Brief Timeline of the Internet
Although we think of the Internet as a new entity, its origins date back over 40 years. Here's a brief timeline highlighting important dates in Internet history.
When we talk about the Internet, we talk about the World Wide Web from the past four or five years. But, its history goes back a lot further; all the way back to the 1950s and 60s.
"Where was I," you ask, "while all this was happening?" Well, it's quite simple really: the Space Program. America was so fascinated with sending men into outer space, hundreds of miles away, it never saw what was being invented to bring everyone closer together -- eventually.
So, just in case you missed the development of the Internet, here is a brief timeline highlighting some of the major occurrences over the past 49 years that have shaped the Internet of today. For more extensive info, you'll find links to other timelines at the bottom of this page.
|1958||. President Eisenhower requests funds to create ARPA. Approved as a line item in Air Force appropriations bill.|
|1961||. Len Kleinrock, Professor of Computer Science at UCLA, writes first paper on packet switching, "Information Flow in Large Communications Nets." Paper published in RLE Quarterly Progress Report.|
|1962|| •J.C.R. Licklider & W. Clark write first paper on Internet Concept, "On-Line Man Computer Communications." |
• Len Kleinrock writes Communication Nets, which describes design for packet switching network; used for ARPAnet
|1964||. Paul Baran writes, "On Distributed Communications Networks," first paper on using message blocks to send info across a decentralized networktopology(Nodes and Links)|
|Oct. 1965||. First Network Experiment: Directed by Larry Roberts at MIT Lincoln Lab, two computers talked to each other using packet-switching technology.|
|Dec. 1966||. ARPA project begins. Larry Roberts is chief scientist.|
|Dec. 1968||. ARPANet contract given to Bolt, Beranek & Newman (BBN) in Cambridge, Mass.|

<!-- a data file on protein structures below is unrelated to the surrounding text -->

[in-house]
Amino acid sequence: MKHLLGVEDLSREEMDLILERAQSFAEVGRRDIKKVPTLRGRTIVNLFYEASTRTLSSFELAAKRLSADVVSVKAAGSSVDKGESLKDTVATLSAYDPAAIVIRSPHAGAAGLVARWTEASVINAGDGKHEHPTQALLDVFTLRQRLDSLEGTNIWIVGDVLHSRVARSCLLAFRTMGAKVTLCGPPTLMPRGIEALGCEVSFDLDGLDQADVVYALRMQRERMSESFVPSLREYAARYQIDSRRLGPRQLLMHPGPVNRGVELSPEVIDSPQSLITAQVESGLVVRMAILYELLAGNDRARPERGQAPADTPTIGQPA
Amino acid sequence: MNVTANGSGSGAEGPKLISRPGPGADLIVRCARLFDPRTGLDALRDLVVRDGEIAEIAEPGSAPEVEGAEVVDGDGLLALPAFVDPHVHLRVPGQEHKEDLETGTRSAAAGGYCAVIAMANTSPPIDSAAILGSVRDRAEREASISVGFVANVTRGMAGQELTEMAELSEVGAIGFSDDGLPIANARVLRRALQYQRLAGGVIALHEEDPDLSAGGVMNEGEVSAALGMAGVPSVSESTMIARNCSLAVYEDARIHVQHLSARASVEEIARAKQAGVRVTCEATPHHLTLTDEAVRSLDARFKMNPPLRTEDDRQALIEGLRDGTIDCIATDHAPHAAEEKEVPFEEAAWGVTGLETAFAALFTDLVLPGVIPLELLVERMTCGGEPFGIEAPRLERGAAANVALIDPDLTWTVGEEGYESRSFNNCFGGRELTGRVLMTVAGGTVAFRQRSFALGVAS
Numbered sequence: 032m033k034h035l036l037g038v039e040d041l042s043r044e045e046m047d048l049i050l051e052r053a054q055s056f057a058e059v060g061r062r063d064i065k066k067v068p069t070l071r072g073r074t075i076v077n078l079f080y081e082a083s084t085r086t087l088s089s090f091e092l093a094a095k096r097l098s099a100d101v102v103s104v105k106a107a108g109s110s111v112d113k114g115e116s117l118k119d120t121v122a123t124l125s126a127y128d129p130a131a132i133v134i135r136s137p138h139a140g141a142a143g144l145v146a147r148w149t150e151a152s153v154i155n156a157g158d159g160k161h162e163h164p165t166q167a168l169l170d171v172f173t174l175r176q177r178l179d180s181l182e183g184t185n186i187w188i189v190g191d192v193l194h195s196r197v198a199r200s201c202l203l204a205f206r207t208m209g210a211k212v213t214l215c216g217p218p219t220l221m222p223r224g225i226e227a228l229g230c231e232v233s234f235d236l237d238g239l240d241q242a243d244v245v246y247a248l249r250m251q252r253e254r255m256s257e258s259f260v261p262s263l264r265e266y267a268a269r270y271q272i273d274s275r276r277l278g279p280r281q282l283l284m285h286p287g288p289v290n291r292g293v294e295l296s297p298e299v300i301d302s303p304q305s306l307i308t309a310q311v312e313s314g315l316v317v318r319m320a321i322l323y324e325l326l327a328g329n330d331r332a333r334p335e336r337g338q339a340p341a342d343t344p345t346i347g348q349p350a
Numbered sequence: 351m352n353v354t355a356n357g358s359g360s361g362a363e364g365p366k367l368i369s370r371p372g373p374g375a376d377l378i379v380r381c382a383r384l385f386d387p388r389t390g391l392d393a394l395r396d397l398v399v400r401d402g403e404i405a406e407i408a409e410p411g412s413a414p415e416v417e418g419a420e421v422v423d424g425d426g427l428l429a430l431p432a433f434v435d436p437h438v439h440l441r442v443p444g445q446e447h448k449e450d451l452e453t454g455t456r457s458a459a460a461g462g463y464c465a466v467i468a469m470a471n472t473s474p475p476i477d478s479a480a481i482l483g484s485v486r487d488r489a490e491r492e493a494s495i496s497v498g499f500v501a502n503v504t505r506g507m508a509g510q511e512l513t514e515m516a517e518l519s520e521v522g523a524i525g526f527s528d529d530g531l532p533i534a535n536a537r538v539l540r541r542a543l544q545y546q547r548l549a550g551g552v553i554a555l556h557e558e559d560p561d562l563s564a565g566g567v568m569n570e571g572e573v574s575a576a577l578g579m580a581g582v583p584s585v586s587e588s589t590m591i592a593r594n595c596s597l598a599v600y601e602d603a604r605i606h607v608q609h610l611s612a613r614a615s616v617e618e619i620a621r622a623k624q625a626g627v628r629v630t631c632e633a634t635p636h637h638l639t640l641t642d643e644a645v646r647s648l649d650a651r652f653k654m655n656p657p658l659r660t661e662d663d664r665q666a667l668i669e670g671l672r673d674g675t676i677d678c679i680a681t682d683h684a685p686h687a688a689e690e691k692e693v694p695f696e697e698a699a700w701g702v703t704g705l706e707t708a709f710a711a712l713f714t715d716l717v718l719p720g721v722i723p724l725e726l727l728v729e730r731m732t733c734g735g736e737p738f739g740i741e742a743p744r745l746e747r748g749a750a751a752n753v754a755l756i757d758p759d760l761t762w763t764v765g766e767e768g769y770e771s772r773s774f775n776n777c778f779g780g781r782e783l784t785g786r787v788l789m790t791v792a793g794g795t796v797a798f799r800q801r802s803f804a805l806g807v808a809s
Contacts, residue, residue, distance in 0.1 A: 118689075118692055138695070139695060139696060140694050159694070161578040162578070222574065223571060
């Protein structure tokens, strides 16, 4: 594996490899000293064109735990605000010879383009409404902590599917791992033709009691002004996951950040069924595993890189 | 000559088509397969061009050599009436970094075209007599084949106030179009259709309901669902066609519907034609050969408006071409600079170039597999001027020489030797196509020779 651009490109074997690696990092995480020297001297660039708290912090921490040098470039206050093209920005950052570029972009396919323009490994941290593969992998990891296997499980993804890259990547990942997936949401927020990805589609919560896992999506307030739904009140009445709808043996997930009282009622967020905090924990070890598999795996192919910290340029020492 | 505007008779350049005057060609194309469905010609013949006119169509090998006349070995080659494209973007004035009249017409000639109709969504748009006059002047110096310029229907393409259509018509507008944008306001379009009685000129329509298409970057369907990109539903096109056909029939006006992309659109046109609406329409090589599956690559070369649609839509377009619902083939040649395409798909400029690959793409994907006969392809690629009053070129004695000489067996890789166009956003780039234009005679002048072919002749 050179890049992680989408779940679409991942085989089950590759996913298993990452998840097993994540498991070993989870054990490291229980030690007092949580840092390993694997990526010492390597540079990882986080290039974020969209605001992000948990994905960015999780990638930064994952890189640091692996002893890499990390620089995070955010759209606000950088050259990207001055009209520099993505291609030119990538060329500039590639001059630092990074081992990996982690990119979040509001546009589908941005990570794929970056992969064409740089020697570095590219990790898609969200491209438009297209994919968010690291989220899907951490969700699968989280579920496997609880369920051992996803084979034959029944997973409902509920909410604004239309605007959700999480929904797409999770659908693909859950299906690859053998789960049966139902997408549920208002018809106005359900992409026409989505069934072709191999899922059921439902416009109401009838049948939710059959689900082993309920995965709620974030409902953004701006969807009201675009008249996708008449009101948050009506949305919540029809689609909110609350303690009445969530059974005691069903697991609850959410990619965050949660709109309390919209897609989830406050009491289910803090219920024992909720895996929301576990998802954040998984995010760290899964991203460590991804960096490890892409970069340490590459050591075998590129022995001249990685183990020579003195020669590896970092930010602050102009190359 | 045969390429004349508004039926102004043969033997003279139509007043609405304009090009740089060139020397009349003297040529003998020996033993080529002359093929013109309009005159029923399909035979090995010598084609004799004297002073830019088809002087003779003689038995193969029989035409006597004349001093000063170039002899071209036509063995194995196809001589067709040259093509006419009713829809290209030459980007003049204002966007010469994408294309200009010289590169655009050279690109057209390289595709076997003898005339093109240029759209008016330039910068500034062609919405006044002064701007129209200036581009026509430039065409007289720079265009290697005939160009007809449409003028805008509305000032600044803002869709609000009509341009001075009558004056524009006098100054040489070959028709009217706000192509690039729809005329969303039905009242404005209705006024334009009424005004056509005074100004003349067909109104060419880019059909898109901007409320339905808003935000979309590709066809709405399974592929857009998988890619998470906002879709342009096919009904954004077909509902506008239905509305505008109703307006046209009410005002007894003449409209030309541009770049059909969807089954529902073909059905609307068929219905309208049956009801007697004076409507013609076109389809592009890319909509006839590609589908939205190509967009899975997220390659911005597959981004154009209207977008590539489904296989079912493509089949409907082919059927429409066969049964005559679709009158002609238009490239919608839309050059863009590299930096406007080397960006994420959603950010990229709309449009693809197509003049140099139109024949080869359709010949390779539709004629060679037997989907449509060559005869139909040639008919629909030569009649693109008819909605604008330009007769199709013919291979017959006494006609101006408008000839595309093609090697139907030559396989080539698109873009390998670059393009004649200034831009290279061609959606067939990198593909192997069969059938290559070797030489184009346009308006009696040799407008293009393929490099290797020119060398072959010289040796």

|Sept. 1, 1969||. First ARPANet node installed at UCLA Network Measurement Center. Kleinrock hooked up the Interface Message Processor to a Sigma 7 Computer.|
|Oct. 1, 1969||. Second node installed at Stanford Research Institute; connected to a SDS 940 computer. The first ARPANet message sent: "lo." Trying to spell log-in, but the system crashed!|
|Nov. 1, 1969||. Third node installed at University of California, Santa Barbara. Connected to an IBM 360/75.|
|Dec. 1, 1969||. Fourth node installed at University of Utah. Connected to a DEC PDP-10.|
|March 1970||. Fifth node installed at BBN, across the country in Cambridge, Mass.|
|July 1970||. Alohanet, first packet radio network, operational at University of Hawaii.|
|March 1972||. First basic e-mail programs written by Ray Tomlinson at BBN for ARPANET: SNDMSG and READMAIL. "@" sign chosen for its "at" meaning.|
|March 1973||. First ARPANET international connections to University College of London (England) and NORSAR (Norway).|
|1974|| . Intelreleases the 8080 processor. |
• Vint Cerf and Bob Kahn publish "A Protocol for Packet Network Interconnection," which details the design of TCP.
|1976|| . Apple Computer founded by Steve Jobs and Steve Wozniak. |
• Queen Elizabeth II sends out an e-mail.
. Vint Cerf joins ARPA as program manager.